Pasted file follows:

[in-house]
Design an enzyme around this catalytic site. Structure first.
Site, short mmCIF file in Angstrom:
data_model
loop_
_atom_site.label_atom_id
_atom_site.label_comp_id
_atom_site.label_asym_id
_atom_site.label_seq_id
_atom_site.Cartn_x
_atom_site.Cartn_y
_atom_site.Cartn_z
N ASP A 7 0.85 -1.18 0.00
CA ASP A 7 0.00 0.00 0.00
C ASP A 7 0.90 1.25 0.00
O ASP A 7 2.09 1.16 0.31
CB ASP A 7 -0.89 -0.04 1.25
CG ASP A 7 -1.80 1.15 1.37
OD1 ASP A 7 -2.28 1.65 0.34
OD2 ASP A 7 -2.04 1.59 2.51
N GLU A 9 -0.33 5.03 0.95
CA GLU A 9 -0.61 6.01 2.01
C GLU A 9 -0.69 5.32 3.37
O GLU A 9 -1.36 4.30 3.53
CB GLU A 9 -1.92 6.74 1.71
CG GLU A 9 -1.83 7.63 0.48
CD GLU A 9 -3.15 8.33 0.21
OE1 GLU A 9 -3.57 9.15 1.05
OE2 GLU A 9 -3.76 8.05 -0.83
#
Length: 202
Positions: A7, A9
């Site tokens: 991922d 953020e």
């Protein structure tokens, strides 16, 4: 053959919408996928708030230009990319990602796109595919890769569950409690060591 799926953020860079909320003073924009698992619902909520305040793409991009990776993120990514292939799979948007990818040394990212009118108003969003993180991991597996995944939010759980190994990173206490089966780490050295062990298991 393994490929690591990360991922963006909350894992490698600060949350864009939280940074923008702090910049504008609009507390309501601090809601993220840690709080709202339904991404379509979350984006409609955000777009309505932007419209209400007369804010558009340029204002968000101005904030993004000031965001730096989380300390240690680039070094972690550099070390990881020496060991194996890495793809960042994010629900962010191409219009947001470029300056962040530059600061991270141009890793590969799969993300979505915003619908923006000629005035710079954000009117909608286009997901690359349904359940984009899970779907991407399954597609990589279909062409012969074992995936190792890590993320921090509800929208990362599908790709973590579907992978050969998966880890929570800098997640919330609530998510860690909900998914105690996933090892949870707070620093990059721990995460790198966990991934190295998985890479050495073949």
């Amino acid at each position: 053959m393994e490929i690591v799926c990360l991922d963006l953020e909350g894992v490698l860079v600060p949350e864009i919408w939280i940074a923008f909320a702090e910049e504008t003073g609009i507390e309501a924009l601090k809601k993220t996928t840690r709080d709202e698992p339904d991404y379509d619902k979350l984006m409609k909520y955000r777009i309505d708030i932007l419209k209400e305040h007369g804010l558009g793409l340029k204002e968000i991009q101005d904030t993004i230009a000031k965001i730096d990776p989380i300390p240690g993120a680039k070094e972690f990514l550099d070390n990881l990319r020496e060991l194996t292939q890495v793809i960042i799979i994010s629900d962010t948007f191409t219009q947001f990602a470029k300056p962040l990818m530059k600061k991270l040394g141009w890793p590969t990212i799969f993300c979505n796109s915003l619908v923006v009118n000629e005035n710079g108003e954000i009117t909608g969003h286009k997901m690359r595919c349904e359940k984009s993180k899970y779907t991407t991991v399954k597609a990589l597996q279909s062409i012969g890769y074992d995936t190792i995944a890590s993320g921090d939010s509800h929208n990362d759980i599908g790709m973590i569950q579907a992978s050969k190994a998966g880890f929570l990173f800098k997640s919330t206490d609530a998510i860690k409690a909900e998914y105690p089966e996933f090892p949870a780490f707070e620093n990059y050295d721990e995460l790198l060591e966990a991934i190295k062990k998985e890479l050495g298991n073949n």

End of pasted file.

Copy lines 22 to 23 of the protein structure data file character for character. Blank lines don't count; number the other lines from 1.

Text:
CA GLU A 9 -0.61 6.01 2.01
C GLU A 9 -0.69 5.32 3.37